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Psilocybin-assisted Psychotherapy in the Management of Anxiety Associated With Stage IV Melanoma.

Phase 2
18 Years
Not Enrolling
Anxiety, Malignant Melanoma of Skin Stage IV

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Trial Information

Psilocybin-assisted Psychotherapy in the Management of Anxiety Associated With Stage IV Melanoma.

Melanoma is a cancer arising from pigment-producing cells, or melanocytes. These cells are
chiefly located in the skin, but they can also be found in other parts of the body,
including eyes, ears and GI tract. A diagnosis of stage IV melanoma can create great stress
and anxiety for an individual and his or her caregivers. Psilocybin (4-phosphoryloxy-
N,N-dimethyl-tryptamine) is a psychedelic (hallucinogenic) compound found in certain species
of mushrooms that can produce spiritual or mystical experiences and that has been used in
psychotherapy prior to being made illegal. This study will be a randomized, active-placebo
controlled pilot study of the safety and efficacy of psilocybin-assisted psychotherapy as a
means of managing anxiety in association with stage IV melanoma. This study will examine
whether two sessions of psilocybin-assisted psychotherapy scheduled seen to 14 days apart
will reduce anxiety, improve quality of life and be safe in people with stage IV melanoma.

Subjects in this study will have a 66% chance of receiving the full dose of 25 mg psilocybin
and a 33% of receiving 4 mg psilocybin. The first dose is expected to change how people
feel, think and see the world, while the lower dose is expected to have only slight effects.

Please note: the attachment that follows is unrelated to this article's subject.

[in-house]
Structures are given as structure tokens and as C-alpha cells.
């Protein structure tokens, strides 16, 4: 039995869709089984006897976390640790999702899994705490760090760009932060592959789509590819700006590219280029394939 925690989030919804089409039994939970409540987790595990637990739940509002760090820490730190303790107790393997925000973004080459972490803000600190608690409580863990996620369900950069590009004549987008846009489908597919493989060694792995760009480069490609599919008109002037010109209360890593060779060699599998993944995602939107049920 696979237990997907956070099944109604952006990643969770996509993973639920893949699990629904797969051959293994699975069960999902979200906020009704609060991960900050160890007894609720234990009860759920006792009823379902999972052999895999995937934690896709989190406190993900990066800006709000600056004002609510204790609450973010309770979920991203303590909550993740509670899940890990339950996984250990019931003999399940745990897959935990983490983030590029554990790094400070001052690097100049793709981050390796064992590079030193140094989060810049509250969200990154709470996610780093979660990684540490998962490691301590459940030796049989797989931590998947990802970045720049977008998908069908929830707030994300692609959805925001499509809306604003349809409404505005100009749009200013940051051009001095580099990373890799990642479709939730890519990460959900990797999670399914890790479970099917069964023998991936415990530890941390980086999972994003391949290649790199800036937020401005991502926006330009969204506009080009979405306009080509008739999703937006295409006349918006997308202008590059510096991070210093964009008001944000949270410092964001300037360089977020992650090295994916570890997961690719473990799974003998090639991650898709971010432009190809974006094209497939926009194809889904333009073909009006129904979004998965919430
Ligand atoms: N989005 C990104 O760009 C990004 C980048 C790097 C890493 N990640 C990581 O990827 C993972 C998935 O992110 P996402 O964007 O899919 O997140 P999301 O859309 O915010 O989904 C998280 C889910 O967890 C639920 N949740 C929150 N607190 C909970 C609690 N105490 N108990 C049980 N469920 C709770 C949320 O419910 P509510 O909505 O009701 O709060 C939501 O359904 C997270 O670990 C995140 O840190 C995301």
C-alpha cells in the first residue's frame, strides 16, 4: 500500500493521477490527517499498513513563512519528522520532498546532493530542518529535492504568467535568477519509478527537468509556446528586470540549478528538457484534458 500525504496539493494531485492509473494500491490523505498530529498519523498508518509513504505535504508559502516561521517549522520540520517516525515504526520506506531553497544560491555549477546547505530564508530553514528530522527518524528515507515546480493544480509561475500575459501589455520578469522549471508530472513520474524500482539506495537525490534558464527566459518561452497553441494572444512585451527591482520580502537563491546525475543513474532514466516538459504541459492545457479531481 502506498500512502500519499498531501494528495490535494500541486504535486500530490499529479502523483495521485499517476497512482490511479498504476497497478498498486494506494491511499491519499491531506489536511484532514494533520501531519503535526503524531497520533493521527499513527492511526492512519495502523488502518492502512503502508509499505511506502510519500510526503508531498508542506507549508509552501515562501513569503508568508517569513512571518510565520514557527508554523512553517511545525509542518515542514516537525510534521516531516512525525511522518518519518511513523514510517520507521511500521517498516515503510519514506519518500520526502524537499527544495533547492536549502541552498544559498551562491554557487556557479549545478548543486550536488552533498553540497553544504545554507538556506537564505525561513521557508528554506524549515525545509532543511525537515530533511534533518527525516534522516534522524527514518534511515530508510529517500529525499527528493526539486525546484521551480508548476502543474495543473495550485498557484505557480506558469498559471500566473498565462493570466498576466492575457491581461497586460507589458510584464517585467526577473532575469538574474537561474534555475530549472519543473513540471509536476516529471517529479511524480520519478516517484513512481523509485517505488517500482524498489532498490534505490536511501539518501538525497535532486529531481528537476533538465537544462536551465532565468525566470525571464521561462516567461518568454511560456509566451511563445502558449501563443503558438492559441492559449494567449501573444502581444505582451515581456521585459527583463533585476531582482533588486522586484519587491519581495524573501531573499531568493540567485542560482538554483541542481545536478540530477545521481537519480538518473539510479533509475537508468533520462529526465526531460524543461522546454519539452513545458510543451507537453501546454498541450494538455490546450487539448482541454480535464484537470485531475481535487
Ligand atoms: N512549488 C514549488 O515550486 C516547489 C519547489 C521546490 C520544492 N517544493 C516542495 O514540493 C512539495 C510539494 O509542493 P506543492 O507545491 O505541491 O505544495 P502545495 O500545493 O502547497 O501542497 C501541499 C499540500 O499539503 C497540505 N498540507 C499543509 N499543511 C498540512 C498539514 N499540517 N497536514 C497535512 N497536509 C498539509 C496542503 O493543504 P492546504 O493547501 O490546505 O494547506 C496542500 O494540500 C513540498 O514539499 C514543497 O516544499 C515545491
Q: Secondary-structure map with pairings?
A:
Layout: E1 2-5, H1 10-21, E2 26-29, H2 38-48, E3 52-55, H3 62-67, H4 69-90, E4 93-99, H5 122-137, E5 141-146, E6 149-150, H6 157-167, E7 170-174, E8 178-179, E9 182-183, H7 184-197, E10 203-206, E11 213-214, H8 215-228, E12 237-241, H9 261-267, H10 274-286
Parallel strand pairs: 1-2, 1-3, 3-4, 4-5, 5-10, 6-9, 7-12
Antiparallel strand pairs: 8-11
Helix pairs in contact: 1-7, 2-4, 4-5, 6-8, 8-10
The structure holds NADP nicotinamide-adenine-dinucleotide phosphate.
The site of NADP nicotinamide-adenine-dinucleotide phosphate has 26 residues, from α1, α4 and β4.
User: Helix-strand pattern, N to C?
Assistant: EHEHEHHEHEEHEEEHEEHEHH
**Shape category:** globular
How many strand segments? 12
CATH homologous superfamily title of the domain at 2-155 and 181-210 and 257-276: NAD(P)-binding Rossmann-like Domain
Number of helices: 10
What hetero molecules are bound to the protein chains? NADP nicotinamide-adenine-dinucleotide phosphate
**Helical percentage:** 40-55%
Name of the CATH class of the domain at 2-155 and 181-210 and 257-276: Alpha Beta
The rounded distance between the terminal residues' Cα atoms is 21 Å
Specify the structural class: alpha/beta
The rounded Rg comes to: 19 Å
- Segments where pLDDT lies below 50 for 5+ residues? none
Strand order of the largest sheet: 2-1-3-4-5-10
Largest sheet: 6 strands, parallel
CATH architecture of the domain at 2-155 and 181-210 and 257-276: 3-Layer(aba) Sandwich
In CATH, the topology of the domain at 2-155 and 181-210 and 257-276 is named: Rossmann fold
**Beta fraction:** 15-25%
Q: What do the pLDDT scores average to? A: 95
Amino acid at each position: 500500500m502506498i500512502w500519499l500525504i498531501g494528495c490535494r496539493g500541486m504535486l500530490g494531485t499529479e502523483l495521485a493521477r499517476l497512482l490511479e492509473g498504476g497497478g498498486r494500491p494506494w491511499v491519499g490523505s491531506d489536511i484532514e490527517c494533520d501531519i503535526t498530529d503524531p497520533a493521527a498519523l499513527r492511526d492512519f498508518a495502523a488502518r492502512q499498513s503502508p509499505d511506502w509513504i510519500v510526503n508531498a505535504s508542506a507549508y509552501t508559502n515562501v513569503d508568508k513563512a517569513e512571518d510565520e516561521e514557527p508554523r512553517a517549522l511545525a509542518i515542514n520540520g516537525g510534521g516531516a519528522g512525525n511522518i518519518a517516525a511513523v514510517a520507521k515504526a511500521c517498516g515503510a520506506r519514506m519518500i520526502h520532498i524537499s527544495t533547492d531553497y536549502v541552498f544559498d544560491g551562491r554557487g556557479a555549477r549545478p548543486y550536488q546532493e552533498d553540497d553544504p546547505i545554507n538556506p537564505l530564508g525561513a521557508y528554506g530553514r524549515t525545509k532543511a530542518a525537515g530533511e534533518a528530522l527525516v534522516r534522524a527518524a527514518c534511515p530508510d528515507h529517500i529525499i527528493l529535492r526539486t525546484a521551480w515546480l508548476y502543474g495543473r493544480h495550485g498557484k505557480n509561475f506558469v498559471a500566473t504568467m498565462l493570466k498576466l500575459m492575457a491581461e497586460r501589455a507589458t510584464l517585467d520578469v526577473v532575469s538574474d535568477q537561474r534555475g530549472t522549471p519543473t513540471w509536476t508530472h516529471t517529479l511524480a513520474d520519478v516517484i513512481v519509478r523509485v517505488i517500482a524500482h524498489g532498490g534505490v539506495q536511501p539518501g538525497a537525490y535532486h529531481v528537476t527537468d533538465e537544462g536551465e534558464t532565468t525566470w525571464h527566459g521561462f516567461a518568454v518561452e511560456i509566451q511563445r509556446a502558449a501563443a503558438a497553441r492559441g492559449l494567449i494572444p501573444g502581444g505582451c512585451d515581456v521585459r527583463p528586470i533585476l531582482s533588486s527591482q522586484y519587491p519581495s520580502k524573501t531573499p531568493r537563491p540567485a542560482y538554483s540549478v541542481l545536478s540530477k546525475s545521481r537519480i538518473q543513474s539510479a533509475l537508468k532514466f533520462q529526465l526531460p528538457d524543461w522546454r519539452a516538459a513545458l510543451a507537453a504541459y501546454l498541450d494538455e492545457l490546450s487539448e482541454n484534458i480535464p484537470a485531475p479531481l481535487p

Each subject will receive these conditions at random, as if by coin-toss. The researchers,
including the therapists, and the subject will not know whether they are assigned to get 25
or 4 mg psilocybin.

The entire study can last up to three and a half months (14 weeks) but the main part of the
study lasts six weeks. After the researchers determine that a person with stage IV melanoma
and anxiety can be in the study, there will be two introductory psychotherapy sessions with
the therapist-investigators. They will prepare the participant for psilocybin-assisted
psychotherapy. The subject will have a day-long psilocybin-assisted psychotherapy session
after introductory sessions, and he or she will remain overnight at the clinic. There will
be a psychotherapy follow-up scheduled the day after each psilocybin-assisted session to
help people work with the psilocybin-assisted psychotherapy, and there will be a
psychotherapy session in between the first and second psilocybin-assisted psychotherapy
sessions. Two weeks after the second psilocybin-assisted psychotherapy session, subjects
will return for another follow-up visit. The subjects will answer questions or fill out
questionnaires about anxiety, depression, quality of life, spirituality and sense of self at
the start of the study, two weeks after the second psilocybin-assisted session and at least
once during the study. Subjects will have blood draws to assess liver function before each
psilocybin-assisted session and they will have a blood draw to assess natural killer (NK)
cells the day after each psilocybin-assisted session. On the day after each
psilocybin-assisted session, subjects will also complete a questionnaire about their
experiences during the psilocybin-assisted session.

Two weeks after the second experimental psilocybin-assisted session, subjects will learn if
they got the full or active placebo dose of psilocybin. Any of the three subjects who
receive the active placebo dose can take part in an "open-label" study phase that will last
another six weeks. The open-label phase will be nearly identical to those used in the first
study phase except that there will be one, and not two, introductory psychotherapy sessions,
and the subject and therapists will know that the subject will be receiving 25 mg
psilocybin. People who got the full dose of 25 mg psilocybin will not take part in the
open-label study phase.

If they are well enough to do so, subjects who received the full dose of psilocybin will
have anxiety, depression, quality of life and spirituality measured again two months after
the second experimental session. Subjects who received active placebo psilocybin will have